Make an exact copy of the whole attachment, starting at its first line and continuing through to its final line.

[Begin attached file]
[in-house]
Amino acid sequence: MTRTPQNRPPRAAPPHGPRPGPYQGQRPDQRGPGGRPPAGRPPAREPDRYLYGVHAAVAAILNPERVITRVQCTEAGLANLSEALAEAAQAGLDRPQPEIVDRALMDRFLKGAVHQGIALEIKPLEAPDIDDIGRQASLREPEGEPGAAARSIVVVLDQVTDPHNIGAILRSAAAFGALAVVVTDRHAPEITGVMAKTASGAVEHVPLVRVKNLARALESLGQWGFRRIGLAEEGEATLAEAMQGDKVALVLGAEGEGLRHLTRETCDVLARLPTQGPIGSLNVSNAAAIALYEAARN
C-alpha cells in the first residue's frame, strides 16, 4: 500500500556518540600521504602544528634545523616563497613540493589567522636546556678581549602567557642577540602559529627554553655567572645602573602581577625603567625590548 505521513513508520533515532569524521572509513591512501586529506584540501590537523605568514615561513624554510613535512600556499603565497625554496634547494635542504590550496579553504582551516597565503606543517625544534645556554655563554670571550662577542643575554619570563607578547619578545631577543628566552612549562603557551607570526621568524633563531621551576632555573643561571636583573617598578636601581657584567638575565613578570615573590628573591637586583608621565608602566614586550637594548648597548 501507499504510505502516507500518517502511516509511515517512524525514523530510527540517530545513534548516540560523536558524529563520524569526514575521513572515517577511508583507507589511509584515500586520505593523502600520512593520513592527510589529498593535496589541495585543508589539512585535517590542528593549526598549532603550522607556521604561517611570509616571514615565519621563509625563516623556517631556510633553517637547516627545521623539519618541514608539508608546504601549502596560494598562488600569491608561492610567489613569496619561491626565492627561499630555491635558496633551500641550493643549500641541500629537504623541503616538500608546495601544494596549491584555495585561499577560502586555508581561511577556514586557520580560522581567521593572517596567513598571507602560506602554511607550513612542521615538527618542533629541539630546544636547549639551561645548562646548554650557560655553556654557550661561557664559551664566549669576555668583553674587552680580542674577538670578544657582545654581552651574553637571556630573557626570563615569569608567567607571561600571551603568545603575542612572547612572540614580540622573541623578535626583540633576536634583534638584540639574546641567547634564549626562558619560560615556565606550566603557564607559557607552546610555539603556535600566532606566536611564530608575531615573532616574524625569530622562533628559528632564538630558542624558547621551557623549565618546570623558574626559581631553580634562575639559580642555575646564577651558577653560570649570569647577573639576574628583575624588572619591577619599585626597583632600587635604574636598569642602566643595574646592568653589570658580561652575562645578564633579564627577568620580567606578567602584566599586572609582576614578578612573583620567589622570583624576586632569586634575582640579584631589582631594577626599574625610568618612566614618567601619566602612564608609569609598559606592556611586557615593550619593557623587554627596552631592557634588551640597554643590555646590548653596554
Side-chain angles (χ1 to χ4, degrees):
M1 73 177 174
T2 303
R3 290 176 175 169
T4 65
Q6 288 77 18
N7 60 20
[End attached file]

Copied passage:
[in-house]
Amino acid sequence: MTRTPQNRPPRAAPPHGPRPGPYQGQRPDQRGPGGRPPAGRPPAREPDRYLYGVHAAVAAILNPERVITRVQCTEAGLANLSEALAEAAQAGLDRPQPEIVDRALMDRFLKGAVHQGIALEIKPLEAPDIDDIGRQASLREPEGEPGAAARSIVVVLDQVTDPHNIGAILRSAAAFGALAVVVTDRHAPEITGVMAKTASGAVEHVPLVRVKNLARALESLGQWGFRRIGLAEEGEATLAEAMQGDKVALVLGAEGEGLRHLTRETCDVLARLPTQGPIGSLNVSNAAAIALYEAARN
C-alpha cells in the first residue's frame, strides 16, 4: 500500500556518540600521504602544528634545523616563497613540493589567522636546556678581549602567557642577540602559529627554553655567572645602573602581577625603567625590548 505521513513508520533515532569524521572509513591512501586529506584540501590537523605568514615561513624554510613535512600556499603565497625554496634547494635542504590550496579553504582551516597565503606543517625544534645556554655563554670571550662577542643575554619570563607578547619578545631577543628566552612549562603557551607570526621568524633563531621551576632555573643561571636583573617598578636601581657584567638575565613578570615573590628573591637586583608621565608602566614586550637594548648597548 501507499504510505502516507500518517502511516509511515517512524525514523530510527540517530545513534548516540560523536558524529563520524569526514575521513572515517577511508583507507589511509584515500586520505593523502600520512593520513592527510589529498593535496589541495585543508589539512585535517590542528593549526598549532603550522607556521604561517611570509616571514615565519621563509625563516623556517631556510633553517637547516627545521623539519618541514608539508608546504601549502596560494598562488600569491608561492610567489613569496619561491626565492627561499630555491635558496633551500641550493643549500641541500629537504623541503616538500608546495601544494596549491584555495585561499577560502586555508581561511577556514586557520580560522581567521593572517596567513598571507602560506602554511607550513612542521615538527618542533629541539630546544636547549639551561645548562646548554650557560655553556654557550661561557664559551664566549669576555668583553674587552680580542674577538670578544657582545654581552651574553637571556630573557626570563615569569608567567607571561600571551603568545603575542612572547612572540614580540622573541623578535626583540633576536634583534638584540639574546641567547634564549626562558619560560615556565606550566603557564607559557607552546610555539603556535600566532606566536611564530608575531615573532616574524625569530622562533628559528632564538630558542624558547621551557623549565618546570623558574626559581631553580634562575639559580642555575646564577651558577653560570649570569647577573639576574628583575624588572619591577619599585626597583632600587635604574636598569642602566643595574646592568653589570658580561652575562645578564633579564627577568620580567606578567602584566599586572609582576614578578612573583620567589622570583624576586632569586634575582640579584631589582631594577626599574625610568618612566614618567601619566602612564608609569609598559606592556611586557615593550619593557623587554627596552631592557634588551640597554643590555646590548653596554
Side-chain angles (χ1 to χ4, degrees):
M1 73 177 174
T2 303
R3 290 176 175 169
T4 65
Q6 288 77 18
N7 60 20